APU Launches First Mobile App for Japanese Language Learning: Tobira: Survival Japanese


Sep 10, 2020

English-basis students at APU use a textbook titled Itsutsu no Tobira ("The Five Doors to Japanese"). This textbook, prepared by APU faculty and published by Japanese publisher Bojinsha, is a key part of APU's Japanese language education. The university also sends a version of this textbook to students scheduled to enroll at APU, called Itsutsu no Tobira: Survival Edition, which is designed to help students start their life in Japan and their study of the Japanese language.

Using Itsutsu no Tobira: Survival Edition as a foundation, and working with faculty from the APU Center for Language Education (CLE), the university created its first language learning app for smartphones and tablets, which became available July 29.

By providing students with the means to study anywhere and at any time on their smartphone or tablet, this app enables students to have fun as they develop a familiarity with the Japanese language, helping prepare them for the Japanese language studies that await them once they enroll at APU.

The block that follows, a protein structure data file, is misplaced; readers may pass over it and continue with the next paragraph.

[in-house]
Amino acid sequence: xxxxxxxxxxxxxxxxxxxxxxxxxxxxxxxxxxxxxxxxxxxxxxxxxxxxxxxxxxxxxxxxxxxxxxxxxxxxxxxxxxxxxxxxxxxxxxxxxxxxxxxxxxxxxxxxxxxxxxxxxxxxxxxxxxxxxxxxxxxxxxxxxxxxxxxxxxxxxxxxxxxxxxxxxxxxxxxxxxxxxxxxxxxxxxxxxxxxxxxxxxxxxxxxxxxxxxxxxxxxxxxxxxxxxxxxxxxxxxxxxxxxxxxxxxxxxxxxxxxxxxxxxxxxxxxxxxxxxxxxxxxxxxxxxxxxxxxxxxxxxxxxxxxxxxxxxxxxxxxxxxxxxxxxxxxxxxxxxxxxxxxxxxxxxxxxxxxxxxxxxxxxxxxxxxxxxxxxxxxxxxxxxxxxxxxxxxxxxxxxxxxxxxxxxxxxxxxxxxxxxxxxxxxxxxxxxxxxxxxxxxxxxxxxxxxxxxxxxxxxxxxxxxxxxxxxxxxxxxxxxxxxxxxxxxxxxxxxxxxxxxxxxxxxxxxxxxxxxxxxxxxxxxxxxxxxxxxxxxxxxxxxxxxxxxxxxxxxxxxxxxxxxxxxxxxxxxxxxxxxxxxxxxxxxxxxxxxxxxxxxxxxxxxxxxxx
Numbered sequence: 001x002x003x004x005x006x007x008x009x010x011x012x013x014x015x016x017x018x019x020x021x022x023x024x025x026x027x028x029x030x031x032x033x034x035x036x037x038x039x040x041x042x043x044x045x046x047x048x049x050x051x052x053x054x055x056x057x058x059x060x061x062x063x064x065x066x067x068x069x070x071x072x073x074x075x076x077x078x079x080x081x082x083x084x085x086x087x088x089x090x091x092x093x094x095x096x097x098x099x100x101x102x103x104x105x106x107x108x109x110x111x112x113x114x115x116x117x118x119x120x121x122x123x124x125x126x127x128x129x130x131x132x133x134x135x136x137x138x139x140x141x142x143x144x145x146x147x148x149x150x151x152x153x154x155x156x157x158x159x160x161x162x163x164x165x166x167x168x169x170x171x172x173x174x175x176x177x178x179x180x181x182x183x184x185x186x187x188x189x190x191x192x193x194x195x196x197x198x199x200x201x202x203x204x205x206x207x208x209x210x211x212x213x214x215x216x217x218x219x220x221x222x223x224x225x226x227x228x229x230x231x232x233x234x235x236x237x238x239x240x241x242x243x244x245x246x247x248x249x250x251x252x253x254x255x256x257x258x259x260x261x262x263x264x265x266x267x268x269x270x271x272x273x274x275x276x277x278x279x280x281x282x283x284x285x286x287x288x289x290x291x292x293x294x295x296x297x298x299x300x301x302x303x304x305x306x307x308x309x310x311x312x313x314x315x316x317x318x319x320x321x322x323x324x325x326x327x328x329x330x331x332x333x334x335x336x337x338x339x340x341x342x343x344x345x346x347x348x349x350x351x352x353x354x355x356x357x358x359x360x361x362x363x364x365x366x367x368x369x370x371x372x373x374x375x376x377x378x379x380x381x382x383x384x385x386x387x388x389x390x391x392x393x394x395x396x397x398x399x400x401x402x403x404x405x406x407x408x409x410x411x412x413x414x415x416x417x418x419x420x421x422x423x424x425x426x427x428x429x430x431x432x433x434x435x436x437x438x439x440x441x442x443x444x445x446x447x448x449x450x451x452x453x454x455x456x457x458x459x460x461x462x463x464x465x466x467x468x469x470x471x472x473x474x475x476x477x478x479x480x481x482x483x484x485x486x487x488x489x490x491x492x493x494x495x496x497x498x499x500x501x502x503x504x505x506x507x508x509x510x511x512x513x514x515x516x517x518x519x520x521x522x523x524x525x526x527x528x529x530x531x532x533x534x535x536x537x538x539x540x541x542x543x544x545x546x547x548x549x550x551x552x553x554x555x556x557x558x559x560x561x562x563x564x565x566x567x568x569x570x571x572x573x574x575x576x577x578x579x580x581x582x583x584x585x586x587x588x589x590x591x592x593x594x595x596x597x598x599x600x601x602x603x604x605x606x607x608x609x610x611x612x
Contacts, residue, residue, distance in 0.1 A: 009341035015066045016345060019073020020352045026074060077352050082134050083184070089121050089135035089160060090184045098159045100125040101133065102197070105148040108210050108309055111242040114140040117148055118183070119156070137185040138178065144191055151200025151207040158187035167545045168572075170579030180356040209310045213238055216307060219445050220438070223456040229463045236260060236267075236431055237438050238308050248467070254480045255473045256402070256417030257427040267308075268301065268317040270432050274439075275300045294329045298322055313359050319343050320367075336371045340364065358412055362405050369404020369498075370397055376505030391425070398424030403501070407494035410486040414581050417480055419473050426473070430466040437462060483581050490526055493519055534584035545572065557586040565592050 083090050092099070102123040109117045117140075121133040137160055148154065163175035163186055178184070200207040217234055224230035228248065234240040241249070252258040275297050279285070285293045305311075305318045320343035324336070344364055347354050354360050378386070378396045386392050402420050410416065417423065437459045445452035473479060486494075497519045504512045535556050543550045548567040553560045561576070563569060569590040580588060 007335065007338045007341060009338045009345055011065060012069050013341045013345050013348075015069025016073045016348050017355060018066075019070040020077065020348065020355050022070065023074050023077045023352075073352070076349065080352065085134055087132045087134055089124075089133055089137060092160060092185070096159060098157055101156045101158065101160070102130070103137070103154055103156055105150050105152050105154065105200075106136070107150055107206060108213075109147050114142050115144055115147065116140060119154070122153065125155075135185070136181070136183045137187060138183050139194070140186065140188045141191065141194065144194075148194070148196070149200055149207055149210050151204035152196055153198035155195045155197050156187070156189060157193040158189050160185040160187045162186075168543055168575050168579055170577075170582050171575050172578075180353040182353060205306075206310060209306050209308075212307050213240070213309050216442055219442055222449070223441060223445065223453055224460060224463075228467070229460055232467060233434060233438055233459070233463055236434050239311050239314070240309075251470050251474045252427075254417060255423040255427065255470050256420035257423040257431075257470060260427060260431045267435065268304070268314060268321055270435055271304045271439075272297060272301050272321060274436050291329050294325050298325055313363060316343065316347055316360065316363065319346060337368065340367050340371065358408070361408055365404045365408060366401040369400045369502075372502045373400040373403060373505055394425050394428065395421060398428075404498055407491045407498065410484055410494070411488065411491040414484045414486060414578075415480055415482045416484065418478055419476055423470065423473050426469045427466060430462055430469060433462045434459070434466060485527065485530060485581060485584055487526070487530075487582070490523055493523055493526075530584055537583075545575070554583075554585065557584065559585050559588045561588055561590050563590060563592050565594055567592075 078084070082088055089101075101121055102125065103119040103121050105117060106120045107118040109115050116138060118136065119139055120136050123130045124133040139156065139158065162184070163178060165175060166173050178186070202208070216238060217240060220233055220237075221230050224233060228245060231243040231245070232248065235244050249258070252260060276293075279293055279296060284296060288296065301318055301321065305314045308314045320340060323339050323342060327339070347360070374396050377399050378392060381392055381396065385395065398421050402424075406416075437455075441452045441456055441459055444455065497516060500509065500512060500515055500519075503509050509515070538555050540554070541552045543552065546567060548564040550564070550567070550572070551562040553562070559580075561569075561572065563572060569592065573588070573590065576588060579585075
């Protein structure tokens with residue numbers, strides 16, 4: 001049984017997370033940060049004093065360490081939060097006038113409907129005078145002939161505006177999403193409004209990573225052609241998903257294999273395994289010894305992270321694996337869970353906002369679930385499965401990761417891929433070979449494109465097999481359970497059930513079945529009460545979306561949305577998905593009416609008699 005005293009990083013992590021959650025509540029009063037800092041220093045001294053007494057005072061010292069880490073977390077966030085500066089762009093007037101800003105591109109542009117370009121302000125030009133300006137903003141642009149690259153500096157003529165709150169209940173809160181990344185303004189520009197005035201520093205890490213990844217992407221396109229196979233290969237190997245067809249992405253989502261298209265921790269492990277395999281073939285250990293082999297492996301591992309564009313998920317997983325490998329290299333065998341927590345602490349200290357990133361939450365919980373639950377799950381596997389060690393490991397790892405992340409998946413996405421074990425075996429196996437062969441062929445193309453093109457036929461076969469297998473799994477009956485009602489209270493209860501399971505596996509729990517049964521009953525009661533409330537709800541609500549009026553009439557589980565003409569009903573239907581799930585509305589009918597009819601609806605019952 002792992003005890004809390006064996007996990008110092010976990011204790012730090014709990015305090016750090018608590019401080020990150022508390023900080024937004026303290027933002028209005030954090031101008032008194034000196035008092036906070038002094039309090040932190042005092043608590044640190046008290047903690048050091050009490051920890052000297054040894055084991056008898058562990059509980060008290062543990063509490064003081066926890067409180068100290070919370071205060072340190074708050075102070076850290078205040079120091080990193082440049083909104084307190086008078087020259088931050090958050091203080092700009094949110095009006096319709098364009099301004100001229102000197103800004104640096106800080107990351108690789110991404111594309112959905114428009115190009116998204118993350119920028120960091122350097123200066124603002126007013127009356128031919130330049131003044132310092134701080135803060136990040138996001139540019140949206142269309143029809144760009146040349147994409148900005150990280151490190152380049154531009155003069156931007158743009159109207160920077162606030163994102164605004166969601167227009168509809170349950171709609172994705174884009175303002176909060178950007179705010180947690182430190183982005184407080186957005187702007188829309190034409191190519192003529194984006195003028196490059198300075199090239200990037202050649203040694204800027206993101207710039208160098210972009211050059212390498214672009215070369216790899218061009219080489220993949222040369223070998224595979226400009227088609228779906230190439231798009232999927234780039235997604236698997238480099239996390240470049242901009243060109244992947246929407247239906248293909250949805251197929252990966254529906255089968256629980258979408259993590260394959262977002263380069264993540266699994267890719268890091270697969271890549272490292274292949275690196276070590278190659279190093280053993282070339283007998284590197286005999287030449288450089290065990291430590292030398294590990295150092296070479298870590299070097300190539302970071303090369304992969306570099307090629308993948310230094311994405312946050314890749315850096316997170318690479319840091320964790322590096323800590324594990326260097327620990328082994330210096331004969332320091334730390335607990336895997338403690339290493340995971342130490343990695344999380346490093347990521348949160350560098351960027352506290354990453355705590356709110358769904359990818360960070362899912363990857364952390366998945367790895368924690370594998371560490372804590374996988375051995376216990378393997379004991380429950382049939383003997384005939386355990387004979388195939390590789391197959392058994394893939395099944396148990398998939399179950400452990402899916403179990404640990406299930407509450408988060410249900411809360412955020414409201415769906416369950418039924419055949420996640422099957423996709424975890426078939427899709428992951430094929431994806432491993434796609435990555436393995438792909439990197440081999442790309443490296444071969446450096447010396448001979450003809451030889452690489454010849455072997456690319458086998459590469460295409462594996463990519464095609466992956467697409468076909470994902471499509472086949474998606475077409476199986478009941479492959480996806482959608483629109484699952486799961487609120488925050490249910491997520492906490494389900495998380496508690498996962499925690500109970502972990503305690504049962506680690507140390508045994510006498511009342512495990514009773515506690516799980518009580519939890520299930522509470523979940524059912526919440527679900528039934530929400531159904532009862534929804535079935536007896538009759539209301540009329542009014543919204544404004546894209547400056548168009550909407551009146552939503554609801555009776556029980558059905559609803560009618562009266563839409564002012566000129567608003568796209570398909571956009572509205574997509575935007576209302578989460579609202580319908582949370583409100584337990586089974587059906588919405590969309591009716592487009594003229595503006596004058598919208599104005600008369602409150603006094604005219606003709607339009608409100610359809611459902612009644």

The app is available for free in the Apple App Store and on Google Play for iPhone, iPod Touch, Android smartphones, and other platforms. To download, simply search for "Tobira." The university recommends all international students starting at APU in September 2020 download and use the app for pre-enrollment language study.

"We recently released the Itsutsu no Tobira: Survival Edition app. This was created with the idea that it would be for students completely unfamiliar with the Japanese language. When APU opened twenty years ago, there were almost no textbooks for university students to study Japanese after they enrolled; this is why we developed the first such textbooks for those students in the Itsutsu no Tobira series. These Itsutsu no Tobira, or 'five doors,' began with Survival Edition for pre-enrollment students, and continues with Foundation Japanese (parts 1 and 2) which covers the Japanese needed at university, Intermediate Japanese which serves as a bridge between university classes and daily living, and ends with Pre-Advanced Japanese which covers the fundamentals of academic Japanese. The name 'five doors' reflects our desire to have students encounter a new world of language with each new door they open."
"Developing the Survival Edition app began with the desire to let people everywhere experience the world of the Japanese language that the textbook provides. Now that this is available as an app, anyone can open this door from anywhere in the world. We hope that the door provided by the Survival Edition app draws people from across the globe into the world of the Japanese language, much like the dokodemo (anywhere) door from the famous manga and anime series Doraemon."

— Professor Akiko Honda, Director of the APU Center for Language Education

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